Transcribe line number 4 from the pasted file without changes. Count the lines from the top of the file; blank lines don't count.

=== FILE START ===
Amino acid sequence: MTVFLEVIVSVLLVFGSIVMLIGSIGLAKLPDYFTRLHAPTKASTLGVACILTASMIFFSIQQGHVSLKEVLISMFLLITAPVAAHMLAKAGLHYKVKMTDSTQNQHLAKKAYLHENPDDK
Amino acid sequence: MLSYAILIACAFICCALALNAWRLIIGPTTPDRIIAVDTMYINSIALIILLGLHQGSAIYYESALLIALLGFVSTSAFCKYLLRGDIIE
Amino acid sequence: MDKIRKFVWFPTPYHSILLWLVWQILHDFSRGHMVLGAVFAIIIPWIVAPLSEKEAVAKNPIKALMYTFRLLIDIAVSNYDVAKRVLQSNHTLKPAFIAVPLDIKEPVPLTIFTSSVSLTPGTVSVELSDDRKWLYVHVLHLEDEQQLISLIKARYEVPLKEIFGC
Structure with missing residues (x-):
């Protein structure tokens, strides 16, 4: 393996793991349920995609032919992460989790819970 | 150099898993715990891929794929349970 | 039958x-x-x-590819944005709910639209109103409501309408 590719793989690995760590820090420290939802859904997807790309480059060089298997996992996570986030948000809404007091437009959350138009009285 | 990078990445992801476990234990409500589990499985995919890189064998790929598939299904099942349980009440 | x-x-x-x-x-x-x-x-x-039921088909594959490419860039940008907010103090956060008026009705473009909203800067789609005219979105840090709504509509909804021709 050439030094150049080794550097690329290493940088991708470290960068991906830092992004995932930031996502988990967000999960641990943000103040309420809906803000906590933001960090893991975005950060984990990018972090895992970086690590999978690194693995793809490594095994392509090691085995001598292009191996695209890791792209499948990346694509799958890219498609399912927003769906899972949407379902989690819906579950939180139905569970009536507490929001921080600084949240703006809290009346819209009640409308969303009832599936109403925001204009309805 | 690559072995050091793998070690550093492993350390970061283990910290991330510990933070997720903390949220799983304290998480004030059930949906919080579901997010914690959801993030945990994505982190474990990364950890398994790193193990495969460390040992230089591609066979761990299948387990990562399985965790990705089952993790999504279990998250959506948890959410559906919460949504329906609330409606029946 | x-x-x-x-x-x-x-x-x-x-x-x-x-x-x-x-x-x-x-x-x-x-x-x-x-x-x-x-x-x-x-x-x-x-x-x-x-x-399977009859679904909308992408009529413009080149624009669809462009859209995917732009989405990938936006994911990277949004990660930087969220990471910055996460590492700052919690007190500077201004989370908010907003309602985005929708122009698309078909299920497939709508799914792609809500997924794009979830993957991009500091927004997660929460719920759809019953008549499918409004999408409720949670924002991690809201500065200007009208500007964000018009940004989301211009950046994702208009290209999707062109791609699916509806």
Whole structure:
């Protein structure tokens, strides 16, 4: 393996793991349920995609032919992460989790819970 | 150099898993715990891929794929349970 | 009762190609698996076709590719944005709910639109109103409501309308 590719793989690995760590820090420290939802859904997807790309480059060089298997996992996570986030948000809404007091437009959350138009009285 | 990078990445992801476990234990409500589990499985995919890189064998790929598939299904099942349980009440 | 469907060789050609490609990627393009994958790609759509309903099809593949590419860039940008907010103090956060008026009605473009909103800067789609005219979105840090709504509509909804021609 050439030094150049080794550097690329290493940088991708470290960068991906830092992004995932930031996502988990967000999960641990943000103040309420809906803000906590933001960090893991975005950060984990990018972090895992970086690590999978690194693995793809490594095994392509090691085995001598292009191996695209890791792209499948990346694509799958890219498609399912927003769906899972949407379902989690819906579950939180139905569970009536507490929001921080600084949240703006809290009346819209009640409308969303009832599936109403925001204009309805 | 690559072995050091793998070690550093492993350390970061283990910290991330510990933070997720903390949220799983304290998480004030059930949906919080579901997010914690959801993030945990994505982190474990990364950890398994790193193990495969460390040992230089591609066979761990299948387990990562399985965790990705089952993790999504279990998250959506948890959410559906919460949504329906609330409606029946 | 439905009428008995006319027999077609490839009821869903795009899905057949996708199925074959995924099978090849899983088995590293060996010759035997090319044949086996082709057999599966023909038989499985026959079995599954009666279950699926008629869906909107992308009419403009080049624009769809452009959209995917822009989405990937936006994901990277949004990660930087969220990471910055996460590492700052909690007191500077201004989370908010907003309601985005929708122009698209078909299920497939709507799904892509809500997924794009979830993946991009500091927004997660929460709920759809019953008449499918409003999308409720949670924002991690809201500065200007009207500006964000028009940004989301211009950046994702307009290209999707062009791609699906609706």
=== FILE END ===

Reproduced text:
Structure with missing residues (x-):